Food Talk And Fabulous Finds - Keep Bread Fresh?




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teatree
05-06-2006, 02:46 AM
What is the best way to keep bread from spoiling? I'd be using a loaf of whole wheat for sandwiches in a place without a dependable refrigerator or freezer.


andoreth
05-08-2006, 02:32 PM
This has been an issue with me, since I've chosen to manage my dietary changes through portion control instead for choice limitation. The upside is that I still get to eat bread, milk, pasta, cheese what have you... the downside is that I'm dealing with more spoilage issues.

Here are some hints I've "discovered":

1: If possible, bake your own bread (actually very easy and doesn't take that long) or at the very least, buy un-sliced loaves. The part of the loaf that has not been exposed with slicing will stay fresh longer. I have been baking my own bread and using 1/2 recipies so that I have smaller slices for sandwiches (I can always have 2 if I feel the need).

2: Consider trying some of the "crustier" breads. Their hard outer coating keeps them fresh longer, and they have a very satisfying "toothiness" that helps me when I feel snacky.

3: Store bread in plastic wrapped as tighly to the bread as possible. The less air around the bread, the longer it will remain fresh. Then, consider buying a bread box to keep the wrapped bread in, so that it is protected from air movement as much as possible. (Just make sure to clean out your bread box regularly.)

Don't: try to make bread with sugar substitutes and expect it to stay fresh for very long at all. Sugar is the main moisture retention force in bread. I have tried quite a few times with making a sugar-free (or nearly so) bread, and have not been very happy with the results.

If after this (and any other advice people offer), you do come across bread that is stale, you can reheat it gently to "relax" the glutens and make the bread softer (just use it right away for best result) or go ahead and toast it before use. (Makes a great sandwich!)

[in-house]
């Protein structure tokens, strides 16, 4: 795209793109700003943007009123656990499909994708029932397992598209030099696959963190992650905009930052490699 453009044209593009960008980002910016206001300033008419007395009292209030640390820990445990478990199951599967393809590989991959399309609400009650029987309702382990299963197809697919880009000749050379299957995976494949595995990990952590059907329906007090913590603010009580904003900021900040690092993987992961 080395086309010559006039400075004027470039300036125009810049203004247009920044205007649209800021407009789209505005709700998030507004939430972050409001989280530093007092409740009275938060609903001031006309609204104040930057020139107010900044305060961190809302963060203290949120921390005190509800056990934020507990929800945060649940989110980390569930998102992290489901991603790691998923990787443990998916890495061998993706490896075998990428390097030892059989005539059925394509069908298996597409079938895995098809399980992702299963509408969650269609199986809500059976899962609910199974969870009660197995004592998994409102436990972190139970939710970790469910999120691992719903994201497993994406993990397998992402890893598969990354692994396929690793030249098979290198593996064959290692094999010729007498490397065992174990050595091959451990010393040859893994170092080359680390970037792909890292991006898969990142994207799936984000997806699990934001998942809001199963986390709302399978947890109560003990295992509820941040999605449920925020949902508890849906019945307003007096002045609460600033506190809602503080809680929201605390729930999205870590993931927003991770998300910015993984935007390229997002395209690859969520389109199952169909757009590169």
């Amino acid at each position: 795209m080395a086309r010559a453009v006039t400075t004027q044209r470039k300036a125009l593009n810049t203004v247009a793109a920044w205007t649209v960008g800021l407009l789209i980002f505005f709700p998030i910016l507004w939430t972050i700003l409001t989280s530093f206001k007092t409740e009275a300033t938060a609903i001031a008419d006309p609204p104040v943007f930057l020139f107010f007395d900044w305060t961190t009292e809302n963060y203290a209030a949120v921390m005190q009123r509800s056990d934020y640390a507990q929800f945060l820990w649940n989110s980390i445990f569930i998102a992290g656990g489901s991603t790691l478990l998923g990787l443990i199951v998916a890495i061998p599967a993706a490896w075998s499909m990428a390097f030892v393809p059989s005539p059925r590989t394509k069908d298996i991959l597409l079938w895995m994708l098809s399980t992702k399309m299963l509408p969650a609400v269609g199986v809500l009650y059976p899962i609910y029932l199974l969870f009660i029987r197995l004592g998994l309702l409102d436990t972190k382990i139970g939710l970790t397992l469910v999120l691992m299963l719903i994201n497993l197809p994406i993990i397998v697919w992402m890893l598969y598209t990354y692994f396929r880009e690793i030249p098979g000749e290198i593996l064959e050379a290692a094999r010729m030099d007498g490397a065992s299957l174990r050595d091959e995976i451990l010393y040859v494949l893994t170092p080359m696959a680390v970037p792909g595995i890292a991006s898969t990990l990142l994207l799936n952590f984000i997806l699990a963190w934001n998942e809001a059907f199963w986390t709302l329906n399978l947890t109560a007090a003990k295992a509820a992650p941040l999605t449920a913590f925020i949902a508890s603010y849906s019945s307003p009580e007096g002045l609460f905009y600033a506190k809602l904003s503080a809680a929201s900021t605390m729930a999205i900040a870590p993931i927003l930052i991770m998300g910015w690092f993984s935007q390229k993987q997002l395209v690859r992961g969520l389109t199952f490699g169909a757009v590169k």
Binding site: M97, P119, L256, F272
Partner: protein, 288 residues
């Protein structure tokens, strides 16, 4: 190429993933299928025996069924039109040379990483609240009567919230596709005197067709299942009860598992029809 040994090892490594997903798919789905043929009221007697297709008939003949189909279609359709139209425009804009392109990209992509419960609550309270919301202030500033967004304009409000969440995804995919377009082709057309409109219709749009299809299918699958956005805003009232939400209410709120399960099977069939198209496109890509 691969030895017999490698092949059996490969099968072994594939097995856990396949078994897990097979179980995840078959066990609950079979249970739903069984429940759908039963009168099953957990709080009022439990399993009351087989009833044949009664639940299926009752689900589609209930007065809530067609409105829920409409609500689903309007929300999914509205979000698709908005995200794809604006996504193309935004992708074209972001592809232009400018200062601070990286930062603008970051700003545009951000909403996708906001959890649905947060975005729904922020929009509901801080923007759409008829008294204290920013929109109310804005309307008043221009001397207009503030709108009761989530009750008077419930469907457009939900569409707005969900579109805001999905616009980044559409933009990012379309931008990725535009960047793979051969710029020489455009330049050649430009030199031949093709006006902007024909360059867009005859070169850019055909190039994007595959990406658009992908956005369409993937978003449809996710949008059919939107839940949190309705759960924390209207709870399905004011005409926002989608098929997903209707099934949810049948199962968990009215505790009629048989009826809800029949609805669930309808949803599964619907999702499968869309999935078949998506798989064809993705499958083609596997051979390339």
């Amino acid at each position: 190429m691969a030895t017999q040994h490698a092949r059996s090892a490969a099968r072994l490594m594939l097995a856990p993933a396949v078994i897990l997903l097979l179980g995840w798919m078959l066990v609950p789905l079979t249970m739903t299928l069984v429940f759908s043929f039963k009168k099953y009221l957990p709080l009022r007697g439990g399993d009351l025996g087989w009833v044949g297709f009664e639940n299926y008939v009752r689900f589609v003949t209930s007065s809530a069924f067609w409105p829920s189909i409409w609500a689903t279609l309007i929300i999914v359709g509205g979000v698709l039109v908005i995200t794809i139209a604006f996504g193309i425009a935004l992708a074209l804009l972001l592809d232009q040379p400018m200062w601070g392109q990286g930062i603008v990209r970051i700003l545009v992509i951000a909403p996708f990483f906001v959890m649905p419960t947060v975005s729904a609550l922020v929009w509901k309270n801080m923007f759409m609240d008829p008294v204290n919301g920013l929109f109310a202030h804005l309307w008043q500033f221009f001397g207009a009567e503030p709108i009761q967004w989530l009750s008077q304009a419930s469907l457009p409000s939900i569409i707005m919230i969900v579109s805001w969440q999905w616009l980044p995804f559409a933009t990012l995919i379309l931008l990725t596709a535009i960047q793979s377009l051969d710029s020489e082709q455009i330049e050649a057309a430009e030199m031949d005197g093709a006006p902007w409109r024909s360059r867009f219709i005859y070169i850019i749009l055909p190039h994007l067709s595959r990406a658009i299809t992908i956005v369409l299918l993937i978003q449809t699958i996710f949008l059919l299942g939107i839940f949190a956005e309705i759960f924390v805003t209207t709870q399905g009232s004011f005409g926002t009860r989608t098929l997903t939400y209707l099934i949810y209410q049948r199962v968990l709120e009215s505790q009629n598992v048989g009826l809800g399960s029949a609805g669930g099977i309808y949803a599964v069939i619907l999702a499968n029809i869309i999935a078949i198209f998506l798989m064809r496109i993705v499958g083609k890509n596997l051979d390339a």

nicolbw
05-08-2006, 08:21 PM
This comes directly from my "Professional Baking" textbook. It's the 4th edition by Wayne Gisslen page 14-15 (if you are interested.)

"Staling begins almost as soon as the baked items are taken from the oven. There are, apparently, two factors in staling. The first is loss of moisture, or drying. This is apparent, for example, when a slice of fresh bread is left exposed to air. It soon becomes dry to the touch.

The second factor is a chemical change in the structure of the starch. This process, called starch retrogradation, occurs even when little or no moisture is lost. This means that even a well-wrapped loaf of bread will eventually stale.

Chemical staling is rapid at refrigerator temperatures, but it nearly stops at freezer temperatures. Thus, bread should not be stored in the refrigerator. It should be left at room temperature for short-term storage or frozen for long-term storage."

There are 4 main techniques to slow staling... protect the bread from air... warming in oven right before serving... adding moisture retainers to the recipe (fats and sugars)... freezing. Adding more fats and/or sugars shouldn't really be an option if you are trying to be healthier, and explains why some breads have alot of added sugar. Heating the bread in the oven only really helps if it's a chemical stale, but this should only be done before eating since it will pull more moisture out of the bread.

(Did I mention I want to be a pastry chef? :D)

Hope this helps!


teatree
05-08-2006, 08:29 PM
My mother freezes bread, but as I don't have access to a freezer, it's impossible!

But your suggestions were all very helpful. If anyone else has more, please tell! Thank you very much!